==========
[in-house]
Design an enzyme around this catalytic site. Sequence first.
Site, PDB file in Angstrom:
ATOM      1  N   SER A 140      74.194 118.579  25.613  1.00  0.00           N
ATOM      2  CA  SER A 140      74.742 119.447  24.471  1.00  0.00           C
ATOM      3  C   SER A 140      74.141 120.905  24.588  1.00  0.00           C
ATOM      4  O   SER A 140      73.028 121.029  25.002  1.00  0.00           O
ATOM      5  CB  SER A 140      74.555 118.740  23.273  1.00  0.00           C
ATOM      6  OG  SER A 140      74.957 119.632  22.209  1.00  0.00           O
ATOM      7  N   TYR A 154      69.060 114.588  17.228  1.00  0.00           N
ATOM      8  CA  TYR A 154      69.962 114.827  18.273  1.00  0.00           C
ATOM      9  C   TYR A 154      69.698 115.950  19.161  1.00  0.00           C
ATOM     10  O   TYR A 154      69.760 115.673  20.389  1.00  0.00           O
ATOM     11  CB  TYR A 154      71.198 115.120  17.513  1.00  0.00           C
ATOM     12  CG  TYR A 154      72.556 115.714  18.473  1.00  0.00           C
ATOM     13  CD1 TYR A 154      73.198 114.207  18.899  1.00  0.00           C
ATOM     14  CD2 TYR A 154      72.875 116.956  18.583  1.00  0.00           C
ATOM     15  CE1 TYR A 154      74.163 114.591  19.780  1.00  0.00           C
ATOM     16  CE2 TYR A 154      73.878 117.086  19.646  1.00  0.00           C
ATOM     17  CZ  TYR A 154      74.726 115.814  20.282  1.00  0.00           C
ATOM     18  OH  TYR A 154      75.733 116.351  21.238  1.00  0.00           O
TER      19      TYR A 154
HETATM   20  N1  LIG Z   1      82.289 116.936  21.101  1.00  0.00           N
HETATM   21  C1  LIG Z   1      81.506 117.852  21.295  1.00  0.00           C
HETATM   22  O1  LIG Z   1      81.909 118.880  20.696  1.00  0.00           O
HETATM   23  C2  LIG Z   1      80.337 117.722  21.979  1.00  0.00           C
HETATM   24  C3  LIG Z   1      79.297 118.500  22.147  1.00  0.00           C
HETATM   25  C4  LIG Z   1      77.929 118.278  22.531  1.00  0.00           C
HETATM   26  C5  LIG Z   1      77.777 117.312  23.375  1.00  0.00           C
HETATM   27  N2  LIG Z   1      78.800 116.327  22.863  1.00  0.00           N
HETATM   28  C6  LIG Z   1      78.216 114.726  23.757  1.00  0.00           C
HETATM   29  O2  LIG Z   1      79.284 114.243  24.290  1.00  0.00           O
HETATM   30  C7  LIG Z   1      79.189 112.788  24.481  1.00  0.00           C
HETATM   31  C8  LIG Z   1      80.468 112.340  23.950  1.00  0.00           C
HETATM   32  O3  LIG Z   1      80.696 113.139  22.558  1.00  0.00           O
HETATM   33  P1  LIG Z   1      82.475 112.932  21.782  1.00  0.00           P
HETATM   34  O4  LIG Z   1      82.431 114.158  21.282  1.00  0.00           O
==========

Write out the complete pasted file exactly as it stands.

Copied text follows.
[in-house]
Design an enzyme around this catalytic site. Sequence first.
Site, PDB file in Angstrom:
ATOM      1  N   SER A 140      74.194 118.579  25.613  1.00  0.00           N
ATOM      2  CA  SER A 140      74.742 119.447  24.471  1.00  0.00           C
ATOM      3  C   SER A 140      74.141 120.905  24.588  1.00  0.00           C
ATOM      4  O   SER A 140      73.028 121.029  25.002  1.00  0.00           O
ATOM      5  CB  SER A 140      74.555 118.740  23.273  1.00  0.00           C
ATOM      6  OG  SER A 140      74.957 119.632  22.209  1.00  0.00           O
ATOM      7  N   TYR A 154      69.060 114.588  17.228  1.00  0.00           N
ATOM      8  CA  TYR A 154      69.962 114.827  18.273  1.00  0.00           C
ATOM      9  C   TYR A 154      69.698 115.950  19.161  1.00  0.00           C
ATOM     10  O   TYR A 154      69.760 115.673  20.389  1.00  0.00           O
ATOM     11  CB  TYR A 154      71.198 115.120  17.513  1.00  0.00           C
ATOM     12  CG  TYR A 154      72.556 115.714  18.473  1.00  0.00           C
ATOM     13  CD1 TYR A 154      73.198 114.207  18.899  1.00  0.00           C
ATOM     14  CD2 TYR A 154      72.875 116.956  18.583  1.00  0.00           C
ATOM     15  CE1 TYR A 154      74.163 114.591  19.780  1.00  0.00           C
ATOM     16  CE2 TYR A 154      73.878 117.086  19.646  1.00  0.00           C
ATOM     17  CZ  TYR A 154      74.726 115.814  20.282  1.00  0.00           C
ATOM     18  OH  TYR A 154      75.733 116.351  21.238  1.00  0.00           O
TER      19      TYR A 154
HETATM   20  N1  LIG Z   1      82.289 116.936  21.101  1.00  0.00           N
HETATM   21  C1  LIG Z   1      81.506 117.852  21.295  1.00  0.00           C
HETATM   22  O1  LIG Z   1      81.909 118.880  20.696  1.00  0.00           O
HETATM   23  C2  LIG Z   1      80.337 117.722  21.979  1.00  0.00           C
HETATM   24  C3  LIG Z   1      79.297 118.500  22.147  1.00  0.00           C
HETATM   25  C4  LIG Z   1      77.929 118.278  22.531  1.00  0.00           C
HETATM   26  C5  LIG Z   1      77.777 117.312  23.375  1.00  0.00           C
HETATM   27  N2  LIG Z   1      78.800 116.327  22.863  1.00  0.00           N
HETATM   28  C6  LIG Z   1      78.216 114.726  23.757  1.00  0.00           C
HETATM   29  O2  LIG Z   1      79.284 114.243  24.290  1.00  0.00           O
HETATM   30  C7  LIG Z   1      79.189 112.788  24.481  1.00  0.00           C
HETATM   31  C8  LIG Z   1      80.468 112.340  23.950  1.00  0.00           C
HETATM   32  O3  LIG Z   1      80.696 113.139  22.558  1.00  0.00           O
HETATM   33  P1  LIG Z   1      82.475 112.932  21.782  1.00  0.00           P
HETATM   34  O4  LIG Z   1      82.431 114.158  21.282  1.00  0.00           O